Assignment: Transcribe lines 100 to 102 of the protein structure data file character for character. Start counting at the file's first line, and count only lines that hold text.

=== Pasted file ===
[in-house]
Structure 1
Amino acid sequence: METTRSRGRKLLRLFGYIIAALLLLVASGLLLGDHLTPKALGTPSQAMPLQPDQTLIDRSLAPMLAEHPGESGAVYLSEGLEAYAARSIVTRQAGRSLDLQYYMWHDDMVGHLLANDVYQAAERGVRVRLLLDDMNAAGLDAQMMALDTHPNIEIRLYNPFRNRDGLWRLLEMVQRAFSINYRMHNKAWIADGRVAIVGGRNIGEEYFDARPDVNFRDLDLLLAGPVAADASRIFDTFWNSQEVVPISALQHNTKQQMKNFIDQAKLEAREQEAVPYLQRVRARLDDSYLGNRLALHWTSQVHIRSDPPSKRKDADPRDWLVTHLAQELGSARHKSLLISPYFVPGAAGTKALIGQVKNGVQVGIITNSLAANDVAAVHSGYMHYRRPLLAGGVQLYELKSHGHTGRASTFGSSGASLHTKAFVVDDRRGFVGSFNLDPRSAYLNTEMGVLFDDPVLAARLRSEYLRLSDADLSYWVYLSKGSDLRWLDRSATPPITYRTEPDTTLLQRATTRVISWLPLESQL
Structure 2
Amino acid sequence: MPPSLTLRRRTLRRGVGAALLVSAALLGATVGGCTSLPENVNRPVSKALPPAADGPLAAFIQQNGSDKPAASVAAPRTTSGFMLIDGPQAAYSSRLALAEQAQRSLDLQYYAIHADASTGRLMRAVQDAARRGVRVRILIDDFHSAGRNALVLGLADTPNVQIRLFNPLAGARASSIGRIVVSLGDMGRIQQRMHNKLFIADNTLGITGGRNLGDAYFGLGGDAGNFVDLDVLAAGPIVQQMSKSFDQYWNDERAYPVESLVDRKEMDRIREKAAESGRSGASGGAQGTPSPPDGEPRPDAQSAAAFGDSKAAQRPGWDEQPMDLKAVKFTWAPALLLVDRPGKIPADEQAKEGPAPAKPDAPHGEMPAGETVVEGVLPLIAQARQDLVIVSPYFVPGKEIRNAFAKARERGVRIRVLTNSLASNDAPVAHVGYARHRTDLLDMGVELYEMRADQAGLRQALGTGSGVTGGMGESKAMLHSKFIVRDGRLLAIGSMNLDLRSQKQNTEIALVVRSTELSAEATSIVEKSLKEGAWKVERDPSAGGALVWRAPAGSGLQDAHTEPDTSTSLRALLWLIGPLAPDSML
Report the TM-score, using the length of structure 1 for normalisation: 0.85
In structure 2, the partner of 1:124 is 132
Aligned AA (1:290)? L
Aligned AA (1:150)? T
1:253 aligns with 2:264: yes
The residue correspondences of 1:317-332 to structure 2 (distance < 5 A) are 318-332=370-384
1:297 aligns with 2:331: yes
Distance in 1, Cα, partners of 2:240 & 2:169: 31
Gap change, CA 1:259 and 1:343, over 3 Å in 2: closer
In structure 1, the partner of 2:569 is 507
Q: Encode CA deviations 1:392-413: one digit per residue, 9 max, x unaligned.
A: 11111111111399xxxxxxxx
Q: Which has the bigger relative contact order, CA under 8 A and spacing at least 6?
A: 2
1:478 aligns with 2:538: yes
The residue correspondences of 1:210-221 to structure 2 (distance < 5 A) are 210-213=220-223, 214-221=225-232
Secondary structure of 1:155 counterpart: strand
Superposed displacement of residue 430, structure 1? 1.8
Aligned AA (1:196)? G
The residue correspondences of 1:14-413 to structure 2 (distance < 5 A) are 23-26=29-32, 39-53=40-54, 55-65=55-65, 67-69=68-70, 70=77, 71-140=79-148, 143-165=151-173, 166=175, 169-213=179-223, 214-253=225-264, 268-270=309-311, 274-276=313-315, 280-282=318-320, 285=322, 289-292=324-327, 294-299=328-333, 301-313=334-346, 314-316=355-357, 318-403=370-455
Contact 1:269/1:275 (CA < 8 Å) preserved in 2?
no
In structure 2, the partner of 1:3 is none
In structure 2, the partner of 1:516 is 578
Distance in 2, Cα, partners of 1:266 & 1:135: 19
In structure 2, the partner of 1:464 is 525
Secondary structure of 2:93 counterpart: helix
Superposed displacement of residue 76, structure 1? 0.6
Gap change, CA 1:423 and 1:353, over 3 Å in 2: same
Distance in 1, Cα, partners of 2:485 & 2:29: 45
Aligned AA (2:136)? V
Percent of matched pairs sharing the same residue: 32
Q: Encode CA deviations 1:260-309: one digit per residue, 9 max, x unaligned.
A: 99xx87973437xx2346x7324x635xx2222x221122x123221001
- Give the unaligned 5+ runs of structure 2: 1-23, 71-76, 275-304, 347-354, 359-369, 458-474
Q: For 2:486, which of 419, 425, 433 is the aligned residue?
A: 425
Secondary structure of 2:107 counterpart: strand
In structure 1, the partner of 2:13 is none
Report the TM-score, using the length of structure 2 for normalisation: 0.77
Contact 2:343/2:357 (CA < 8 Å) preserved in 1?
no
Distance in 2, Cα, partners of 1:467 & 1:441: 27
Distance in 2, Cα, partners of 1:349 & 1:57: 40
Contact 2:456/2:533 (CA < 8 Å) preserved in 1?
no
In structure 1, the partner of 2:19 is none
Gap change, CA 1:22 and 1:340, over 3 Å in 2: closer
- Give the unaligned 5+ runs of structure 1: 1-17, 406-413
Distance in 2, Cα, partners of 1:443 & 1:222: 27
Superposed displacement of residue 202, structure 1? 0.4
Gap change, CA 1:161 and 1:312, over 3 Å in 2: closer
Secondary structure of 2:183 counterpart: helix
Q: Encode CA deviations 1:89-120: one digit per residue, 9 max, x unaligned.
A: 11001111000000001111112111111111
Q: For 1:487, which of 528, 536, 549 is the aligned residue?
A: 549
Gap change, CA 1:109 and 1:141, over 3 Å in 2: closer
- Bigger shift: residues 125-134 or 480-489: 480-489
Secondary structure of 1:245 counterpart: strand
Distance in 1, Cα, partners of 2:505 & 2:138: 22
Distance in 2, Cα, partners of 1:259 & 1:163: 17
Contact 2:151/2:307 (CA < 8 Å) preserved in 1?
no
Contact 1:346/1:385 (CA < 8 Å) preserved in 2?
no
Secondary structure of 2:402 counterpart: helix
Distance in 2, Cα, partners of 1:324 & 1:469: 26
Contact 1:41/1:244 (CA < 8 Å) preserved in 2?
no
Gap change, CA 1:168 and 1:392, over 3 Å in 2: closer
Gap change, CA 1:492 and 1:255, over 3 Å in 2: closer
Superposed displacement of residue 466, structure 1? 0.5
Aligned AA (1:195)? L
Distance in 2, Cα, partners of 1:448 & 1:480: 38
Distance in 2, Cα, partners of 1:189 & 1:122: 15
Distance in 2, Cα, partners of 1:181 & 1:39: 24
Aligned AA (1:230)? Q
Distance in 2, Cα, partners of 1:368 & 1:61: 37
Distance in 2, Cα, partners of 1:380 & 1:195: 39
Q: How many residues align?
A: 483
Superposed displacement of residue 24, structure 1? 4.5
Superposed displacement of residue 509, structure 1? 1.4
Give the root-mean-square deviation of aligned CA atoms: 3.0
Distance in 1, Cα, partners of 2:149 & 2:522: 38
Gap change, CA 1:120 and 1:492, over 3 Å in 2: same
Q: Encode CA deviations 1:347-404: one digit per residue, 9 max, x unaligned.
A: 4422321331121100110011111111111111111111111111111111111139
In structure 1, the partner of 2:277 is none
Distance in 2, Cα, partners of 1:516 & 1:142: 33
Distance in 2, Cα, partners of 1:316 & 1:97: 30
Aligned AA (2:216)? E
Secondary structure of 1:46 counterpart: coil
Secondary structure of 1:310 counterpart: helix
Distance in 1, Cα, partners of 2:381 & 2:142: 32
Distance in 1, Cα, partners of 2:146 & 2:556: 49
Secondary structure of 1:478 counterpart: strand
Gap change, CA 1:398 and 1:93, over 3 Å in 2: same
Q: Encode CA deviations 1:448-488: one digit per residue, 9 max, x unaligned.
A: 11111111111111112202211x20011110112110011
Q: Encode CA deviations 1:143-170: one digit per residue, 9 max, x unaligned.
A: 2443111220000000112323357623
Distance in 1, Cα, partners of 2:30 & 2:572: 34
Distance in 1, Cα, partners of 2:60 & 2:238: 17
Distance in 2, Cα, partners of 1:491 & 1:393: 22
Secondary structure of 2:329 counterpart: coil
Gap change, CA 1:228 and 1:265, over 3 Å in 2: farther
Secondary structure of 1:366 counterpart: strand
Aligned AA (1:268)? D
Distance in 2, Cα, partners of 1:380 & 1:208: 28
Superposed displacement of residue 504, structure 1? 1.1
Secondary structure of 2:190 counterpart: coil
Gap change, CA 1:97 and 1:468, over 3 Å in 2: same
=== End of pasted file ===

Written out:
Secondary structure of 1:310 counterpart: helix
Distance in 1, Cα, partners of 2:381 & 2:142: 32
Distance in 1, Cα, partners of 2:146 & 2:556: 49